April is Child Abuse Awareness and Prevention Month

April is Child Abuse Awareness and Prevention Month.  What can we do? 

The answer can be as simple as reposting or sharing the images and information by various organizations, on Facebook, Twitter, Linked-In or other social mediums. By attending one of the many events held in communities across the United States. 

We can take it up a notch and volunteer with an organization like CASA, Alliance for children, or similar groups in our community, county, or state.

We can do whatever it takes to learn the rules, guidelines and laws that effect child safety in regard to abuse and sexual abuse.  Go to the Child Protective Services website for your state.  Then contact them with you questions and for clarification.  It is our right to ask questions not involving a specific case.  

Many will be shocked to learn the reality of rights and laws that protect the perpetrators and their protectors.  As equally dismaying will be what is learned about the lack of rights for the child and how most often they are left in the home with the offender or the protector of the offender.  And, how the school, daycare, and other relatives are left ignorant of the situation as the Mother/Guardian is left in full control of giving that information to the schools, daycare, relatives.  

Therefore, if that Mother/Guardian is; a part of the abuse, is in denial, puts their social and financial status above that of the child, or is not functioning in a way that allows them to do the right thing, and then no one is told.  

As a result, the abusers who are not supposed to be around the child are free to do so and no one around the child is aware of those restrictions.  These are the realities of FBSS, Family Based Social Services, which is where 80-85% of the cases fall.  Because CPS only takes the kids and go to court as a very last resort.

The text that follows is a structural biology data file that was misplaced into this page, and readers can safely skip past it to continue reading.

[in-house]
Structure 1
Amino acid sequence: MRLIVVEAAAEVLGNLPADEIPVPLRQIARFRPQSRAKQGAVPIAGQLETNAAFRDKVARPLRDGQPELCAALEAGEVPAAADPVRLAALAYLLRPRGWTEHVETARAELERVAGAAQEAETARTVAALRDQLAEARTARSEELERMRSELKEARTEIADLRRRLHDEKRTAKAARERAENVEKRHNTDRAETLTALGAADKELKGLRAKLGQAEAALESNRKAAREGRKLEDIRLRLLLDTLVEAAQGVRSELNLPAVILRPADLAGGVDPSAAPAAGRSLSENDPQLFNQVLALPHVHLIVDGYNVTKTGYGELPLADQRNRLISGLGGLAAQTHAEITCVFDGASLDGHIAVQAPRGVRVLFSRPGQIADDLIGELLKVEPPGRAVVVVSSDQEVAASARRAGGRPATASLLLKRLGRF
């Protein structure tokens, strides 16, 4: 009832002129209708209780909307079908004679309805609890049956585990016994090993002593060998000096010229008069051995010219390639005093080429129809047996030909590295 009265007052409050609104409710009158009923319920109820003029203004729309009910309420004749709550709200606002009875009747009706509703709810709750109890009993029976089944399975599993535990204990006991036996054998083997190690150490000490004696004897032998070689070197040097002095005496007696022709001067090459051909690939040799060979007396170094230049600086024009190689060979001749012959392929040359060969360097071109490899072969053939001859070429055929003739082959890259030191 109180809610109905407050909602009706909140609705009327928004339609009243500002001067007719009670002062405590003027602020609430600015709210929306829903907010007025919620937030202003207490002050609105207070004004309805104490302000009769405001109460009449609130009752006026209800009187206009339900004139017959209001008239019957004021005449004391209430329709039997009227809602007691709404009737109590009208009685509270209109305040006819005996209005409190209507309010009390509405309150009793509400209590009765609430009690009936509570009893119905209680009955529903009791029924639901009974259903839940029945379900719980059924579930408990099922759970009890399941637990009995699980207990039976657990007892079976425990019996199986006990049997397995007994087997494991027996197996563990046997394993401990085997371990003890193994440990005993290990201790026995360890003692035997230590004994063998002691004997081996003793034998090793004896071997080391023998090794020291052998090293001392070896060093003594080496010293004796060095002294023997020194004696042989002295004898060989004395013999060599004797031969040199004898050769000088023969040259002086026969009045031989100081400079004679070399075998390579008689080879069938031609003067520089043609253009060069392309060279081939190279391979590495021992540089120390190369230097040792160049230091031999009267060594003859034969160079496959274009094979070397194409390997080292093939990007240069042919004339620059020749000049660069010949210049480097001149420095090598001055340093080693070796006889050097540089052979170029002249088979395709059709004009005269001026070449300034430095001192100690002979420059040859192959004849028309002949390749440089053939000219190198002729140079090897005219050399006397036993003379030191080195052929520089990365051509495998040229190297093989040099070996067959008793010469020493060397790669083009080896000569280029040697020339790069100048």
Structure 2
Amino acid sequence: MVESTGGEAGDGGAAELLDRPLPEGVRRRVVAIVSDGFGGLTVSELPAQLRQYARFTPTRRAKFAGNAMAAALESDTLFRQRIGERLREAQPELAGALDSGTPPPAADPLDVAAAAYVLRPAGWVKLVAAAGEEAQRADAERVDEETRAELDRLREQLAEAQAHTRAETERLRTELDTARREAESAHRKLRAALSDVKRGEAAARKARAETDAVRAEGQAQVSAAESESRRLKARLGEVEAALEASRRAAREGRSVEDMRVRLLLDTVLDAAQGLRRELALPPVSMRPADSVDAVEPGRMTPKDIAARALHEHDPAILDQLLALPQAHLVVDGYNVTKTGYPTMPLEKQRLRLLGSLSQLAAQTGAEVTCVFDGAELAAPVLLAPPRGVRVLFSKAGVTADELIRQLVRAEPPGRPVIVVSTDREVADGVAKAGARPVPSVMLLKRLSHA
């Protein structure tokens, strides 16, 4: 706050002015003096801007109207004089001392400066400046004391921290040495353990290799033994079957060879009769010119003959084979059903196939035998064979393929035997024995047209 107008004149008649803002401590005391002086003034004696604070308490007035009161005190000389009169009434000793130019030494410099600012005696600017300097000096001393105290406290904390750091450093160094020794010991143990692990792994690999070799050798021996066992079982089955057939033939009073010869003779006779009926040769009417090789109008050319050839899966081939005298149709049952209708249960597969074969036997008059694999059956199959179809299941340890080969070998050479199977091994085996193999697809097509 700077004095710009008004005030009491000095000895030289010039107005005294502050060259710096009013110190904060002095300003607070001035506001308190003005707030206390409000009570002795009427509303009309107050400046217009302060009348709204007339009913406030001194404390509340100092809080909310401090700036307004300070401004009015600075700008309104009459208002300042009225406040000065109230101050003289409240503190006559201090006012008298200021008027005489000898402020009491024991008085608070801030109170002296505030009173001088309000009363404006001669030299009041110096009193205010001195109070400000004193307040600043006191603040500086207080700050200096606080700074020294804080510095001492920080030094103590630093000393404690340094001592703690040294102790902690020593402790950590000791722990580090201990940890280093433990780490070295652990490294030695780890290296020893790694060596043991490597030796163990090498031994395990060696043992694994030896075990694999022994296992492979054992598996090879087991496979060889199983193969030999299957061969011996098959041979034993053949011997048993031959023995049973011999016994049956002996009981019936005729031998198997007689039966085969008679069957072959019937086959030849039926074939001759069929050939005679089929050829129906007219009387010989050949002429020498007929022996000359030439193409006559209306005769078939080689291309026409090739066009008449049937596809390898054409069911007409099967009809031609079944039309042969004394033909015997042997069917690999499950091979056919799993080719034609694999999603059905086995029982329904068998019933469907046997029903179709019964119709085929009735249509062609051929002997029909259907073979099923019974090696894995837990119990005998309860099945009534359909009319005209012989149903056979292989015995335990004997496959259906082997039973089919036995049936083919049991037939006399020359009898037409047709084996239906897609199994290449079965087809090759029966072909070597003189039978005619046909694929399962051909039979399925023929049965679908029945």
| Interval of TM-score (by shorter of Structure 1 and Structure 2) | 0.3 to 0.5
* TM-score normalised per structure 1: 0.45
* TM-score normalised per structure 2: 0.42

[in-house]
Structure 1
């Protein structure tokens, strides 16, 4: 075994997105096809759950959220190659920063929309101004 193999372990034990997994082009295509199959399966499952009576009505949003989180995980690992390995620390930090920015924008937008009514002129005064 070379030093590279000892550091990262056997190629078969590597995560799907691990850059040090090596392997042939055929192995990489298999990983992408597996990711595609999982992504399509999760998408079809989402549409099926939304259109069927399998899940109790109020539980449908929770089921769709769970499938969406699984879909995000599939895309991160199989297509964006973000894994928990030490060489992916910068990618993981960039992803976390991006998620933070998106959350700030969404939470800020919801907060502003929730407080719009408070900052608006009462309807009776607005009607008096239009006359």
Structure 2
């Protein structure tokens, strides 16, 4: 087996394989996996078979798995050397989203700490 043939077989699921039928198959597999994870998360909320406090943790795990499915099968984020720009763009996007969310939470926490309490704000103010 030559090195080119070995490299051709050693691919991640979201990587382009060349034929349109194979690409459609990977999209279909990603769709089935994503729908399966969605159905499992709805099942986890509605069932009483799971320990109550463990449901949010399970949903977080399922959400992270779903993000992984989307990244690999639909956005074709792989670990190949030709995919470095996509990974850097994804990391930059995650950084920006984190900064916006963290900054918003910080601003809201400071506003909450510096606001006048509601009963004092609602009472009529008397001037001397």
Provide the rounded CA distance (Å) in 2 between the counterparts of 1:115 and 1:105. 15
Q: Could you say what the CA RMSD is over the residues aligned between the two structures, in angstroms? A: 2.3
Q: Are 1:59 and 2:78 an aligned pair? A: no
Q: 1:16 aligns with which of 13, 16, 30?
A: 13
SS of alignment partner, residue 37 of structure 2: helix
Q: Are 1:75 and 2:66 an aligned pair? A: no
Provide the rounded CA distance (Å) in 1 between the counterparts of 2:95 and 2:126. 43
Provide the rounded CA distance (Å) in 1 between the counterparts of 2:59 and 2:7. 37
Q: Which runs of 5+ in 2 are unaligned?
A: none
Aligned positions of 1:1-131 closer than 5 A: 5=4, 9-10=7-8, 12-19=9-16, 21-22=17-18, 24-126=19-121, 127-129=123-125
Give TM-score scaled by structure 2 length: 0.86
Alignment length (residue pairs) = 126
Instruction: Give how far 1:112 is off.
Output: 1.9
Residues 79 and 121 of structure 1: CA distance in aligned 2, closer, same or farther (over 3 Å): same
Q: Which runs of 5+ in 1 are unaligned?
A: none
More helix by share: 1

In FBSS, there is usually no reporting to CPS, no monitoring by CPS and the only way CPS will become involved again is if the child tries to get help, again.  Do you think a child that has told these horrific details and then been put back into the home is likely to cry out again?  We need to change these rules, guidelines and laws.

We can go to our state and federal government websites and locate Bills that affect the funding and laws effecting Child abuse. This can mean funding, admissibility of evidence, sentencing and parole for convicted child sex offenders and so on. There is a simple process of searching, then tagging those Bills and tracking them by having them sent to our personal email address as action occurs.

We can open our eyes and learn to listen to what a child is saying.  They often need our silence to give them the opportunity to gather the courage to speak out.  There outcry will probably not be a direct description.  They may use nicknames for their body parts; they may not have knowledge of the proper words to tell you what happened.  Color with them, do arts and crafts, play cards and let them lead the conversation.  We must be prepared to guard our response to what the child says; they will be watching.  If we react in horror, recoil, or cry they may stop talking.  Listening is an art we must cultivate.

If we suspect sexual abuse and the child does not tell, that is not unusual.  We must follow our gut instinct and report.  This blog site has a separate list of whom to contact for each state.

This is our community, our children and our future.  Remember the old saying, “It takes a village to raise a child.”  Let us get back to that; stop waiting for someone else to take action and be the person of action ourselves.  I believe, together, we can save our children and our future one step at a time, one action at a time, one voice at a time, one person at a time we will grow stronger the network of pedophiles and thoe that protect them.

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